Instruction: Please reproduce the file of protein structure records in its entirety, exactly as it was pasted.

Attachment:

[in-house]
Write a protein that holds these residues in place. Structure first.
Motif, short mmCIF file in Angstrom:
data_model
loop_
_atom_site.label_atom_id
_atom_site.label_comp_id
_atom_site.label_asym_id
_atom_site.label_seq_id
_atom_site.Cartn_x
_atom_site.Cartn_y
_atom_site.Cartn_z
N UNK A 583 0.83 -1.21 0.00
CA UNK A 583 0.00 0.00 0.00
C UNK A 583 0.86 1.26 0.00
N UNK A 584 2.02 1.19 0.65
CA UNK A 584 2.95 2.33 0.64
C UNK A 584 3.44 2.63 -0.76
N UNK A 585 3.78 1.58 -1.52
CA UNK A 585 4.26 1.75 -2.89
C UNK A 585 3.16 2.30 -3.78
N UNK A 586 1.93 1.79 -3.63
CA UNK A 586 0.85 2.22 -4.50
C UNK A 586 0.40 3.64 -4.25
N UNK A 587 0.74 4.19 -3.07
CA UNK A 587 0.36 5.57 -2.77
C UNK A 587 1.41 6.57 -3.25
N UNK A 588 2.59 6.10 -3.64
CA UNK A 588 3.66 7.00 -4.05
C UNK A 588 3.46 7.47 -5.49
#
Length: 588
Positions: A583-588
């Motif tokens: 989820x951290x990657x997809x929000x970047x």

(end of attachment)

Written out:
[in-house]
Write a protein that holds these residues in place. Structure first.
Motif, short mmCIF file in Angstrom:
data_model
loop_
_atom_site.label_atom_id
_atom_site.label_comp_id
_atom_site.label_asym_id
_atom_site.label_seq_id
_atom_site.Cartn_x
_atom_site.Cartn_y
_atom_site.Cartn_z
N UNK A 583 0.83 -1.21 0.00
CA UNK A 583 0.00 0.00 0.00
C UNK A 583 0.86 1.26 0.00
N UNK A 584 2.02 1.19 0.65
CA UNK A 584 2.95 2.33 0.64
C UNK A 584 3.44 2.63 -0.76
N UNK A 585 3.78 1.58 -1.52
CA UNK A 585 4.26 1.75 -2.89
C UNK A 585 3.16 2.30 -3.78
N UNK A 586 1.93 1.79 -3.63
CA UNK A 586 0.85 2.22 -4.50
C UNK A 586 0.40 3.64 -4.25
N UNK A 587 0.74 4.19 -3.07
CA UNK A 587 0.36 5.57 -2.77
C UNK A 587 1.41 6.57 -3.25
N UNK A 588 2.59 6.10 -3.64
CA UNK A 588 3.66 7.00 -4.05
C UNK A 588 3.46 7.47 -5.49
#
Length: 588
Positions: A583-588
């Motif tokens: 989820x951290x990657x997809x929000x970047x």